LL B Sheet 1, LLC v. Loskutoff

Filing 58

Order by Magistrate Judge Howard R. Lloyd re: Dkt. No. 49 Discovery Dispute Joint Report #1. (hrllc3S, COURT STAFF) (Filed on 12/28/2016)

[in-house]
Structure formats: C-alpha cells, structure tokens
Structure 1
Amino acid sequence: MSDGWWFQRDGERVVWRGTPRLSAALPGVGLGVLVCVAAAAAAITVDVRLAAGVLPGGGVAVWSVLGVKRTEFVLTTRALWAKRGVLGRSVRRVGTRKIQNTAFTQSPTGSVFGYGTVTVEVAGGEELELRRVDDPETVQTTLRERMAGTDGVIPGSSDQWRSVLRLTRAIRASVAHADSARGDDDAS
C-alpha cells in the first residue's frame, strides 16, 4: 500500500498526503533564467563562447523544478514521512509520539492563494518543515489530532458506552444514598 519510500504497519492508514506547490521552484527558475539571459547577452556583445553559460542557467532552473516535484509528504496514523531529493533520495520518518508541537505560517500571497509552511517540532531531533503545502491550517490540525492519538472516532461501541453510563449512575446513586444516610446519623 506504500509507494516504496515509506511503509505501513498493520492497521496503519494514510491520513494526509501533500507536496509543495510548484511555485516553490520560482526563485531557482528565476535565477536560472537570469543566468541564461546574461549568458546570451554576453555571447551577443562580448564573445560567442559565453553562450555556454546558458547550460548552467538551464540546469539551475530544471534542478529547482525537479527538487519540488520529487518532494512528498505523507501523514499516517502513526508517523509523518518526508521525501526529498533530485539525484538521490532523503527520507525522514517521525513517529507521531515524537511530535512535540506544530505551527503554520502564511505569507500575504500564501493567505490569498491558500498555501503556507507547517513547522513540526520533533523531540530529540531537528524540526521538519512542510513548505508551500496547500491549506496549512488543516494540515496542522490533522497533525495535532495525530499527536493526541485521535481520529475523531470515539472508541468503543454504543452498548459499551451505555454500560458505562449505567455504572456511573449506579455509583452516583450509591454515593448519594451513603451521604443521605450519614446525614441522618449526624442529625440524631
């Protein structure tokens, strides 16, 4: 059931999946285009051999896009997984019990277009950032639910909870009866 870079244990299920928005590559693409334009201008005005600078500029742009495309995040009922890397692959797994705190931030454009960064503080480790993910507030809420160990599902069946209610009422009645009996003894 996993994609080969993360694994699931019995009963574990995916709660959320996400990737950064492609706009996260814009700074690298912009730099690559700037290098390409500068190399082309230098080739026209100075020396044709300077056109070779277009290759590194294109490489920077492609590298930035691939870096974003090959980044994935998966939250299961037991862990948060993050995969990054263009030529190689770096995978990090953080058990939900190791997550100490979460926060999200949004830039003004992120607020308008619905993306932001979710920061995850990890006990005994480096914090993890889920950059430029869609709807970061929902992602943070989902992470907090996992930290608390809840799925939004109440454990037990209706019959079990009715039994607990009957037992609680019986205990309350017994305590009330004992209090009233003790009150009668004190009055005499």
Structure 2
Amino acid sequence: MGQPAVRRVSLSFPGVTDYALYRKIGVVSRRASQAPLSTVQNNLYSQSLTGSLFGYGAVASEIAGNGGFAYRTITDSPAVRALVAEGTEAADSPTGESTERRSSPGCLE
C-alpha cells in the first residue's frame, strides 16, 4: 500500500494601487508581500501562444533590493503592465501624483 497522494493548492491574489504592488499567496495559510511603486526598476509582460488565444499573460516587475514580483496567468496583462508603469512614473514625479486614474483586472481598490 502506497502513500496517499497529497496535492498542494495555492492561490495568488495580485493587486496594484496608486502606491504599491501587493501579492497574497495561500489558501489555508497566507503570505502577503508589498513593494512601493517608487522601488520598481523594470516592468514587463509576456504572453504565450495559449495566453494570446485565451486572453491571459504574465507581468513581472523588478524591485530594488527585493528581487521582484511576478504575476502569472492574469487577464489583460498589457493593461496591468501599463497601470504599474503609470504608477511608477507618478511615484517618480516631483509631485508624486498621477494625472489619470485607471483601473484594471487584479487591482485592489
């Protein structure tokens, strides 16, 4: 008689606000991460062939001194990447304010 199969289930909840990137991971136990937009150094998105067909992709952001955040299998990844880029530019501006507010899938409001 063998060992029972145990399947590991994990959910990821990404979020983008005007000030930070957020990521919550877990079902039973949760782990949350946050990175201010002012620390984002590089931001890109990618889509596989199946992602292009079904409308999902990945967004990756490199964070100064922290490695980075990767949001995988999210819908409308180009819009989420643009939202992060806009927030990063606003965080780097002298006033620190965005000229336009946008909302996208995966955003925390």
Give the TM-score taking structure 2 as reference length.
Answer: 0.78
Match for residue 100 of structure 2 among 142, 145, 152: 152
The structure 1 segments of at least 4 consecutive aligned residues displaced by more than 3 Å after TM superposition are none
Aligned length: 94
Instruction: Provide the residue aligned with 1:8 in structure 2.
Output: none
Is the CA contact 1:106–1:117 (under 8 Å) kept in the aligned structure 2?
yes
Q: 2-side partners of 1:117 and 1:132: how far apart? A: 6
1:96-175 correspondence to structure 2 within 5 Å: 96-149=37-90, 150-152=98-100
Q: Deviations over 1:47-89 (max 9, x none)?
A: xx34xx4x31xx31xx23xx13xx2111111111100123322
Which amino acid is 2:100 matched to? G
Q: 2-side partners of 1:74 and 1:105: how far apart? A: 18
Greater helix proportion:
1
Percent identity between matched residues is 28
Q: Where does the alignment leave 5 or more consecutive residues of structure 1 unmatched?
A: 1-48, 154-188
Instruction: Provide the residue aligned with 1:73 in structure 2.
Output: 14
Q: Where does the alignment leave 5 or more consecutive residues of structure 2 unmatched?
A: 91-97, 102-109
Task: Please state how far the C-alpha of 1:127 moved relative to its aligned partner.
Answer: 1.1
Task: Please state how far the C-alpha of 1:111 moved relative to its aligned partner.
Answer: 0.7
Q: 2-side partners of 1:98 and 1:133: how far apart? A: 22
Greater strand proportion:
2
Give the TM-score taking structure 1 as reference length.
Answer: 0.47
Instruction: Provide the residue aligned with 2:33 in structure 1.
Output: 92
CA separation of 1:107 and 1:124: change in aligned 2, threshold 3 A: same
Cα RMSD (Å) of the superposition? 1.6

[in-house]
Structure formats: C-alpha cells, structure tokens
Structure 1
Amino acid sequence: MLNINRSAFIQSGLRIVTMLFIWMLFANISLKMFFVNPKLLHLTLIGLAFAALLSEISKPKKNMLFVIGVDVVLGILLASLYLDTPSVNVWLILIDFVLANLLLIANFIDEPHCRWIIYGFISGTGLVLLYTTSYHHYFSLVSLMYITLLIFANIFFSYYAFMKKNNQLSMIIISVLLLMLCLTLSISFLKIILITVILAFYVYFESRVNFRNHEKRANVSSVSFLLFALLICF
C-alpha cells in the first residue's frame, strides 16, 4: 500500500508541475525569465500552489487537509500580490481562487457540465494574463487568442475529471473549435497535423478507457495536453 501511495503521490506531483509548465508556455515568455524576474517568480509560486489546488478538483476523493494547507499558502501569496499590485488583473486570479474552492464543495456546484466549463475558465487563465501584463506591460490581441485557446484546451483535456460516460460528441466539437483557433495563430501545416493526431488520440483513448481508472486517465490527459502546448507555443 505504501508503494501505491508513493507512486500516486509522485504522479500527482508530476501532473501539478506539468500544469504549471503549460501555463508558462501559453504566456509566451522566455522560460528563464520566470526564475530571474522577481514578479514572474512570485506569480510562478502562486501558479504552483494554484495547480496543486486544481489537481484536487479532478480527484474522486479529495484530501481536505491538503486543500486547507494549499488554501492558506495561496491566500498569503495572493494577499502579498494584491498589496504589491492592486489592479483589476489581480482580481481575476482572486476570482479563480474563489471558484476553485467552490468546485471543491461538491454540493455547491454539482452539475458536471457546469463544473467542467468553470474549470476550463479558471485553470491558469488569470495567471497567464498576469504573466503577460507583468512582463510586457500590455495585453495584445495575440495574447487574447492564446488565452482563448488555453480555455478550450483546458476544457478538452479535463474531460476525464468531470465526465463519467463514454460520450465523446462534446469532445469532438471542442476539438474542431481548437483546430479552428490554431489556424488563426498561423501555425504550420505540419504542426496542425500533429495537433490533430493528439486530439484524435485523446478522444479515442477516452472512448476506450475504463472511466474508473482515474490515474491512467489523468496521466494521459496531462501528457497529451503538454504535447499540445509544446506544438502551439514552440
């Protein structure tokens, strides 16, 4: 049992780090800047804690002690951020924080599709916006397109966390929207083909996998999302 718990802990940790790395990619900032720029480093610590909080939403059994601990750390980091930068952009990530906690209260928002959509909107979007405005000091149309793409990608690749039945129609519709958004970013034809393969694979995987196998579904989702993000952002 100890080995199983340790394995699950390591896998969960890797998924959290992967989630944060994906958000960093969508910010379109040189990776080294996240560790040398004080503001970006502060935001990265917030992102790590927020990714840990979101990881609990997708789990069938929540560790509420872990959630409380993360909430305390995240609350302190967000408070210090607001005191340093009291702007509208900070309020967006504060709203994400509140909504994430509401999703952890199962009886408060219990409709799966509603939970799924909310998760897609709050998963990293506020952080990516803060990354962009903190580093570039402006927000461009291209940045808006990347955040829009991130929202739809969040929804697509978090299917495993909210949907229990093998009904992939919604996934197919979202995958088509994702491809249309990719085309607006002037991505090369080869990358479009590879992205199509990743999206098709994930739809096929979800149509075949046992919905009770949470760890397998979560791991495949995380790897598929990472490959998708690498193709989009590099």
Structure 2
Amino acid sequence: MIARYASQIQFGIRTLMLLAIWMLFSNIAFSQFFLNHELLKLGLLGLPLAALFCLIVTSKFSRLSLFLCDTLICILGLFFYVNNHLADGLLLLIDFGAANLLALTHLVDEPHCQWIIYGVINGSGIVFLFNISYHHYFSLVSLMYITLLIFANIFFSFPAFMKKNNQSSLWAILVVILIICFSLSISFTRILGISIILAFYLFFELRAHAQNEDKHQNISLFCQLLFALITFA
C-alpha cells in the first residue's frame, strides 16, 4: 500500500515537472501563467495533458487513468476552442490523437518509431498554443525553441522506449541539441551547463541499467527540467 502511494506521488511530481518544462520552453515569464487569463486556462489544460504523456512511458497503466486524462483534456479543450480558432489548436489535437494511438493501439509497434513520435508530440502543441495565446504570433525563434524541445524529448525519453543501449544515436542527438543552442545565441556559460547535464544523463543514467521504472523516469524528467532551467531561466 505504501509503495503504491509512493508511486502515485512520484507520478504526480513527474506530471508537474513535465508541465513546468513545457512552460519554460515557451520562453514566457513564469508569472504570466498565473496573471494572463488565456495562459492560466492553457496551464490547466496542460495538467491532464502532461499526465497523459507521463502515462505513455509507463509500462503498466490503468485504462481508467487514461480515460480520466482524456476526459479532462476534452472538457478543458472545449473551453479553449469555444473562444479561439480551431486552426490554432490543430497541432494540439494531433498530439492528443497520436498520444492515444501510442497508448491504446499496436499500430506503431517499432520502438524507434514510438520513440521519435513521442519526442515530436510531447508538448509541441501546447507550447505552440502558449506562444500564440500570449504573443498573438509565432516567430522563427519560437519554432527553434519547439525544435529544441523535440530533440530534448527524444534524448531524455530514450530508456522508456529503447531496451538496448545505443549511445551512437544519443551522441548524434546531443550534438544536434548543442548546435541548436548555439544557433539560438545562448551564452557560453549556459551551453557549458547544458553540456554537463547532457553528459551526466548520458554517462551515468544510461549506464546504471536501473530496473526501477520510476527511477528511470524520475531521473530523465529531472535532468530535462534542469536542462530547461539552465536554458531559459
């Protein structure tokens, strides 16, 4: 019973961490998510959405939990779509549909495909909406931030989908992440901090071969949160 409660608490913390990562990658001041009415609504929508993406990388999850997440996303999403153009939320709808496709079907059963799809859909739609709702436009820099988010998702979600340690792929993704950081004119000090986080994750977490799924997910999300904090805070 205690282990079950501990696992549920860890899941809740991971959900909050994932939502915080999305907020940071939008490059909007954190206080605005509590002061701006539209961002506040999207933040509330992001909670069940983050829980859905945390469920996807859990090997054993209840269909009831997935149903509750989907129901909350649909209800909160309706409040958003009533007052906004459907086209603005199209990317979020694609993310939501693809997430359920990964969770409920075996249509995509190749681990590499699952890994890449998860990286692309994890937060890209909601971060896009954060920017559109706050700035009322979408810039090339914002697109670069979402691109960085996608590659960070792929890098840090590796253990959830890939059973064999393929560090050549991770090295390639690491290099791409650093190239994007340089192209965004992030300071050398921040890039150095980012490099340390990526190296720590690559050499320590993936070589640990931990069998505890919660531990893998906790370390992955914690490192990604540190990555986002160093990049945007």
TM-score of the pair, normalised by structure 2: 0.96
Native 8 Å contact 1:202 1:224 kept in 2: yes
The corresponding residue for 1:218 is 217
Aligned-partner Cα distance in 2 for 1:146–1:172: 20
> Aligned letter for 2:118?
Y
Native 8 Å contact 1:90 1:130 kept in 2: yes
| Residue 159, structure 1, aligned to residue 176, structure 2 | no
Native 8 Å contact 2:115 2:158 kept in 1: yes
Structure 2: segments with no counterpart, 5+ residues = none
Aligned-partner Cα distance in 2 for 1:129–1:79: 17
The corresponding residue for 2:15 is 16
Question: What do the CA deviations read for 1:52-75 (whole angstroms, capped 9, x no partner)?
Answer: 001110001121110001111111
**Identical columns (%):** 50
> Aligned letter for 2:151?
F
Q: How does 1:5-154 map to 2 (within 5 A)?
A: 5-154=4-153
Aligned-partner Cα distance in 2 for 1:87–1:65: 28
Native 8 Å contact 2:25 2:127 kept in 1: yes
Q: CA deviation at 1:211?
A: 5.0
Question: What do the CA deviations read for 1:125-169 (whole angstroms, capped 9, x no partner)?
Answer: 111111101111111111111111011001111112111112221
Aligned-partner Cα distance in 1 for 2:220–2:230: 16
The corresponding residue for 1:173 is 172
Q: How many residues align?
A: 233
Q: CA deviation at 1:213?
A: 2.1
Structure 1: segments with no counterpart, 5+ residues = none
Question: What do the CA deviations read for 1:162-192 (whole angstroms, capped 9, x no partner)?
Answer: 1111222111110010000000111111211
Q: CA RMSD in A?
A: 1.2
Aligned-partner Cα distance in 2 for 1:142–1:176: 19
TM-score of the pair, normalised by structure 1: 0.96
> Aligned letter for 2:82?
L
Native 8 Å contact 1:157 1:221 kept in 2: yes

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E-filed 12/28/2016 1 2 3 4 UNITED STATES DISTRICT COURT 5 NORTHERN DISTRICT OF CALIFORNIA 6 7 LL B SHEET 1, LLC, Plaintiff, 8 9 10 United States District Court Northern District of California 11 12 v. MICHAEL J. LOSKUTOFF, Case No.16-cv-02349-BLF (HRL) ORDER RE: DISCOVERY DISPUTE JOINT REPORT #1 Re: Dkt. No. 49 Defendant. Plaintiff LL B Sheet 1, LLC (“LLB”) sues defendant Michael Loskutoff (“Loskutoff”) for 13 intentional misrepresentation, negligent misrepresentation, fraud by concealment, and breach of 14 contract. Dkt. No. 1. LLB alleges that Loskutoff “made material misrepresentations of fact and 15 concealed information about the amount of rent that was generated from a cellular tower when he 16 assigned the rent payments to Plaintiff[,]” and seeks to recover punitive damages (among other 17 forms of relief). Dkt. No. 49, at 5. Loskutoff asserts that there was no fraud, and that this is a case 18 of mutual mistake in which rescission is appropriate. Id. at 9. Under his theory of the case, 19 Loskutoff argues, LLB would not be entitled to recover punitive damages. Id. The court’s 20 jurisdiction over this action is based on diversity of citizenship. Dkt. No. 1, at ¶ 4. 21 In the present discovery dispute, LLB requests that the court compel Loskutoff to disclose 22 (1) “all Documents that identify [his] current net worth and financial condition,” (2) “Documents 23 that refer or relate to [his] accounting of income and profit for the past five (5) years,” (3) 24 “Documents that refer or relate to [his] accounting of expenses and losses for the past five (5) 25 years,” and (4) Loskutoff’s “Federal tax returns for the past five (5) years.” Dkt. No. 49, Ex. A. 26 All of these requests are for the purposes of LLB’s punitive damages calculations. Dkt. No. 49, at 27 3. Loskutoff objects on the grounds that (1) financial documents are protected by the right of 28 privacy found in the California Constitution, Article 1, Section 1, (2) the request violates 1 California Civil Code Section 3295, (3) the request is overbroad, vague, and ambiguous, (4) the 2 request calls for irrelevant documents, and (5) tax returns are privileged. Dkt. No. 49, Ex. A. 3 Loskutoff further asserts that LLB would not be prejudiced if the court were to postpone the 4 determination on the disclosure of his financial documents for the purposes of punitive damages 5 until after LLB demonstrated that it was entitled to such damages. Dkt. No. 49, at 10. LLB 6 responds by arguing (1) that the balancing test related to the right of privacy under the California 7 Constitution favors disclosure, (2) that Section 3295 is not applicable to discovery in this court, (3) 8 that some of Loskutoff’s objections are impermissible boilerplate objections, and that (4) 9 documents related to a defendant’s financial information are relevant to the issue of punitive 10 damages. For the reasons described below, the court grants LLB’s requests to compel disclosure in United States District Court Northern District of California 11 12 part, and denies them in part. DISCUSSION 13 14 1. Documents Regarding Current Net Worth and Financial Information. 15 Information related to a defendant’s current net worth and financial condition is “clearly 16 relevant to the issue of punitive damages.” Vieste, LLC v. Hill Redwood Dev., No. C-09-04024 17 JSW (DMR), 2011 WL 855831, at *1 (N.D. Cal. Mar. 9, 2011); Charles O. Bradley Trust v. 18 Zenith Capital LLC, No. C-04-2239 JSW (EMC), 2005 WL 1030218, at *1 (N.D. Cal. May 3, 19 2005). Defendant nevertheless resists the disclosure of his financial condition and net worth for 20 the reasons mentioned above. 21 As the court’s jurisdiction over this action is based on diversity of citizenship, state law 22 governs claims of privilege. Fed. R. Evid. 501. But federal courts sitting in diversity apply 23 federal procedural law. Hanna v. Plummer, 380 U.S. 460 (1965). Defendants’ claims of privilege 24 founded on California Civil Code Section 3295 thus fail because this section is procedural rather 25 than substantive. Oakes v. Halverson Marine Ltd., 179 F.R.D. 281 (C.D. Cal. 1998). As the 26 Oakes court explains, “the statute is part of a pervasive statutory scheme for the purpose of 27 establishing procedures for pleading exemplary or punitive damages and obtaining information 28 relevant to that. . . . Section 3295(c) merely restricts when and how evidence of a defendant’s 2 1 financial condition is obtained.” Id. at 284-85. Section 3295 also conflicts with federal procedural 2 rules—specifically, Fed. R. Civ. P. 26(b), which permits the discovery of financial information 3 related to punitive damages. Id. at 286. The court, sitting in diversity, applies the latter (federal) 4 rule. 5 Nevertheless, the court applies state law with respect to the substantive right to privacy. In 6 California, this right to privacy is stated in Article I, Section 1 of the California Constitution. The 7 state right to privacy is not absolute, but must be balanced against the countervailing public 8 interests in disclosure. Hill v. Nat’l Collegiate Athletic Ass’n, 7 Cal. 4th 1, 37-38 (1994). In 9 conducting this balancing test, the court must consider factors including “the purpose of the information sought, the effect that disclosure will have on the affected persons and parties, the 11 United States District Court Northern District of California 10 nature of the objections urged by the party resisting disclosure[,] and availability of alternative, 12 less intrusive means for obtaining the requested information.” Hooser v. Superior Court, 84 Cal. 13 App. 4th 997, 1004 (2000). Here, the court determines that the interests favoring the disclosure of defendant’s net 14 15 worth and financial condition—“facilitating the ascertainment of truth in connection with legal 16 proceedings,”1 and obtaining the just resolution of claims—outweigh the countervailing interests 17 favoring privacy, especially in light of the fact that the financial information can be disclosed 18 pursuant to a protective order (to which LLB has offered to stipulate). Vieste, LLC, 2011 WL 19 855831, at *1; Nicander v. Hecker, No. C07-05838 JF (HRL), 2009 WL 5084087, at *1 (N.D. Cal. 20 Dec. 21, 2009); Charles O. Bradley Trust v. Zenith Capital LLC, No. C-04-2239 JSW (EMC), 21 2005 WL 1030218, at *2 (N.D. Cal. May 3, 2005). Further, LLB does not have other, less 22 intrusive means of obtaining defendant’s financial information, Dkt. No. 49, at 6, and this 23 information, in addition to being necessary for an award of punitive damages, Adams v. 24 Murakami, 54 Cal. 3d 105, 114-16 (1991), could aid the parties in settling this matter, See Charles 25 O. Bradley Trust, 2005 WL 1030218, at *3. Defendant argues that, since his financial information is sought related to the issue of 26 27 1 28 Hooser, 84 Cal. App. at 1004 (quoting Moskowitz v. Superior Court, 137 Cal. App. 3d 313, 316 (1982)). 3 1 punitive damages, the court should postpone discovery until a later stage of the proceedings, after 2 LLB has made a showing that it is entitled to punitive damages. Dkt. No. 49. But the majority of 3 federal courts to have considered this issue have declined to postpone the disclosure of financial 4 condition and net worth information. Vieste, LLC, 2011 WL 855831, at *2; Charles O. Bradley 5 Trust, 2005 WL 1030218, at *3. The disclosure of punitive damages information at this stage of 6 the action may assist the parties in coming to a settlement. Id. Further, the case defendant cites 7 for the proposition that discovery should be postponed, Garcia v. City of Imperial, 270 F.R.D. 566 8 (S.D. Cal. 2010) is distinguishable, in that it involved “an additional layer of liability analysis on 9 the question of qualified immunity” of the police officer defendants that is not present here. 10 United States District Court Northern District of California 11 Vieste, LLC, 2011 WL 855831, at *2. Finally, defendant objects that the request for discovery of documents related to his net 12 worth and financial condition is “overbroad, vague, [and] ambiguous . . . .” Dkt. No. 49, Ex. A. 13 The court is not persuaded by defendant’s objections regarding vagueness and ambiguity; the 14 language of the relevant requests for production should not be a barrier to identifying responsive 15 documents. The court is, however, persuaded that the requests for five years’ worth of accounting 16 of income, profit, losses, and expenses is overbroad. “Discovery of Defendants’ net worth and 17 financial condition should be limited to information about [his] current assets and liabilities, given 18 that ‘past earnings and net worth cannot reasonably lead to relevant information on the issue of 19 punitive damages.’” Vieste, LLC, 2011 WL 855831, at *3 (quoting Hughes v. Groves, 47 F.R.D. 20 52, 55 (W.D. Mo. 1969)). 21 The court thus grants-in-part LLB’s request to compel Loskutoff to produce documents 22 responsive to Requests for Production 1-3 (requesting information related to defendant’s financial 23 condition and net worth and documents related to accounting of profits, income, losses, and 24 expenses), subject to two conditions. First, the financial information shall be disclosed pursuant to 25 a protective order, and shall be kept confidential and used only for the purposes of prosecuting, 26 defending, or attempting to settle this litigation. Second, Loskutoff need only produce the last 2 27 years’ worth of accounting of profits, income, losses, and expenses, rather than the last 5 years’. 28 See Vieste, LLC, 2011 WL 855831, at *3. 4 2. Tax Returns. 1 As described above, state law governs claims of privilege in diversity actions. Fed. R. 2 3 Evid. 501. Under California law, tax returns are privileged. Schnabel v. Superior Court, 5 Cal. 4 4th 704, 720 (1993); Sav-On Drugs, Inc. v. Superior Court, 15 Cal. 3d 1, 6-7 (1975); Webb v. 5 Standard Oil Co. of Cal., 49 Cal. 2d 509 (1957).2 The privilege protecting tax returns from 6 disclosure is not absolute, but is instead subject to three exceptions. Schnabel, 5 Cal. 4th at 721. 7 These exceptions are: “(1) there is an intentional relinquishment [of the privilege], (2) the 8 gravamen of the lawsuit is so inconsistent with the continued assertion of the taxpayer’s privilege 9 as to compel the conclusion that the privilege has in fact been waived, or (3) a public policy grater than that of confidentiality of tax returns is involved.” Id. Here, only the third exception is 11 United States District Court Northern District of California 10 relevant; however, this exception is narrow, and the public policy favoring discovery in civil 12 litigation is not independently sufficient to outweigh the privilege. Fortunato v. Superior Court, 13 114 Cal. App. 4th 475, 483 (2003)). Besides insufficient policies related to discovery, LLB did 14 not put forward any compelling public policies outweighing the interest in non-disclosure. 15 Additionally, LLB is likely to obtain the information contained in a tax return through other less 16 intrusive methods—that is, through the other requests for production discussed above. Thus, the 17 court declines to compel the disclosure of Loskutoff’s tax returns. See Deployment Med. 18 Consultants, Inc. v. Pipes, No. 08cv1959-JAH (BGS), 2010 WL 4853814 (S.D. Cal. Nov. 23, 19 2010). CONCLUSIONS 20 The court grants the request to compel the production of information related to defendant’s 21 22 net worth and financial condition subject to the conditions and limitations set forth above. The 23 parties shall have 21 days from the date of this order to submit a mutually-agreed-upon protective 24 2 25 26 27 28 The case LLB cites to support its argument that tax returns are not absolutely privileged does not appear to be one in which the court’s jurisdiction was based on diversity of citizenship. See Premium Service Corp. v. Sperry & Hutchinson Co., 511 F.2d 225 (9th Cir. 1975) (involving an antitrust claim). The same is true for other cases cited by LLB. Nicander v. Hecker, No. C0705838 JF (HRL), 2009 WL 5084087 (N.D. Cal. Dec. 21, 2009) (involving federal and state claims); Haiping Su v. U.S., No. C09-02838 JW (HRL), 2011 WL 856273 (N.D. Cal. Mar. 9, 2011) (involving federal defendants). These decisions discuss the federal, not the state, policy concerning income taxes and do not apply here. 5 1 order, and Loskutoff shall have 7 days after that to complete his disclosures.3 The court denies the 2 request to compel the production of tax returns. IT IS SO ORDERED. 3 4 Dated: 12/28/2016 5 6 HOWARD R. LLOYD United States Magistrate Judge 7 8 9 10 United States District Court Northern District of California 11 12 13 14 15 16 17 18 19 20 21 22 23 24 25 26 27 28 3 If the parties fail to reach agreement regarding the terms of a protective order, Loskutoff’s disclosures will still be due 28 days from the date of this order, and they shall be subject to the confidentiality and use limitations set forth above. 6